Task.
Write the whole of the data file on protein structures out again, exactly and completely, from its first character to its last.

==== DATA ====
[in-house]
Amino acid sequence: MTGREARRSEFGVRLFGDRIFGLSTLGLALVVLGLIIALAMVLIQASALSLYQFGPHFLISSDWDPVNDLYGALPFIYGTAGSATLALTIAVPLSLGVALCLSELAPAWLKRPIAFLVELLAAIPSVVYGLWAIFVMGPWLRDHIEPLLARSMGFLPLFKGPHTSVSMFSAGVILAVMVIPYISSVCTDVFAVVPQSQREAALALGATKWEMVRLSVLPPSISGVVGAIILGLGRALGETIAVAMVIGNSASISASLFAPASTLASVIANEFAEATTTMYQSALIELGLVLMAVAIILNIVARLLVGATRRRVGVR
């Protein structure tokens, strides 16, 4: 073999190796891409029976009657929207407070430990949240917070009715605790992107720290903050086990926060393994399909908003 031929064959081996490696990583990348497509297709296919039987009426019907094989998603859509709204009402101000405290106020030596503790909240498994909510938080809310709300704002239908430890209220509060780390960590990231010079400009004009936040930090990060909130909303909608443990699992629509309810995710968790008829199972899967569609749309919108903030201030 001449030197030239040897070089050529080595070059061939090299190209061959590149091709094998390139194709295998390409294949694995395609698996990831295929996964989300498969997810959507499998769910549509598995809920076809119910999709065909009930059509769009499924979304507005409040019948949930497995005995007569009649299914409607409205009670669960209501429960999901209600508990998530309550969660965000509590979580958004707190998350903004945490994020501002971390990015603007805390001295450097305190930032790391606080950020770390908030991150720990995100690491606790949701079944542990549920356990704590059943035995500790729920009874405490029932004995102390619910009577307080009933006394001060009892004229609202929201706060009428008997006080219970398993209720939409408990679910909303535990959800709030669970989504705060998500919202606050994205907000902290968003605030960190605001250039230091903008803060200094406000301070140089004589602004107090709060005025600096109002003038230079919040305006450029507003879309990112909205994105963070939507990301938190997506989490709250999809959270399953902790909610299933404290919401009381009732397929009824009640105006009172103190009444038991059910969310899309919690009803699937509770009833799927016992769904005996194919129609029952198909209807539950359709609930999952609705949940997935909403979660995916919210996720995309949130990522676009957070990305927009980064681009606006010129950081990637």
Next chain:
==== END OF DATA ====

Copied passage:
[in-house]
Amino acid sequence: MTGREARRSEFGVRLFGDRIFGLSTLGLALVVLGLIIALAMVLIQASALSLYQFGPHFLISSDWDPVNDLYGALPFIYGTAGSATLALTIAVPLSLGVALCLSELAPAWLKRPIAFLVELLAAIPSVVYGLWAIFVMGPWLRDHIEPLLARSMGFLPLFKGPHTSVSMFSAGVILAVMVIPYISSVCTDVFAVVPQSQREAALALGATKWEMVRLSVLPPSISGVVGAIILGLGRALGETIAVAMVIGNSASISASLFAPASTLASVIANEFAEATTTMYQSALIELGLVLMAVAIILNIVARLLVGATRRRVGVR
């Protein structure tokens, strides 16, 4: 073999190796891409029976009657929207407070430990949240917070009715605790992107720290903050086990926060393994399909908003 031929064959081996490696990583990348497509297709296919039987009426019907094989998603859509709204009402101000405290106020030596503790909240498994909510938080809310709300704002239908430890209220509060780390960590990231010079400009004009936040930090990060909130909303909608443990699992629509309810995710968790008829199972899967569609749309919108903030201030 001449030197030239040897070089050529080595070059061939090299190209061959590149091709094998390139194709295998390409294949694995395609698996990831295929996964989300498969997810959507499998769910549509598995809920076809119910999709065909009930059509769009499924979304507005409040019948949930497995005995007569009649299914409607409205009670669960209501429960999901209600508990998530309550969660965000509590979580958004707190998350903004945490994020501002971390990015603007805390001295450097305190930032790391606080950020770390908030991150720990995100690491606790949701079944542990549920356990704590059943035995500790729920009874405490029932004995102390619910009577307080009933006394001060009892004229609202929201706060009428008997006080219970398993209720939409408990679910909303535990959800709030669970989504705060998500919202606050994205907000902290968003605030960190605001250039230091903008803060200094406000301070140089004589602004107090709060005025600096109002003038230079919040305006450029507003879309990112909205994105963070939507990301938190997506989490709250999809959270399953902790909610299933404290919401009381009732397929009824009640105006009172103190009444038991059910969310899309919690009803699937509770009833799927016992769904005996194919129609029952198909209807539950359709609930999952609705949940997935909403979660995916919210996720995309949130990522676009957070990305927009980064681009606006010129950081990637």
Next chain: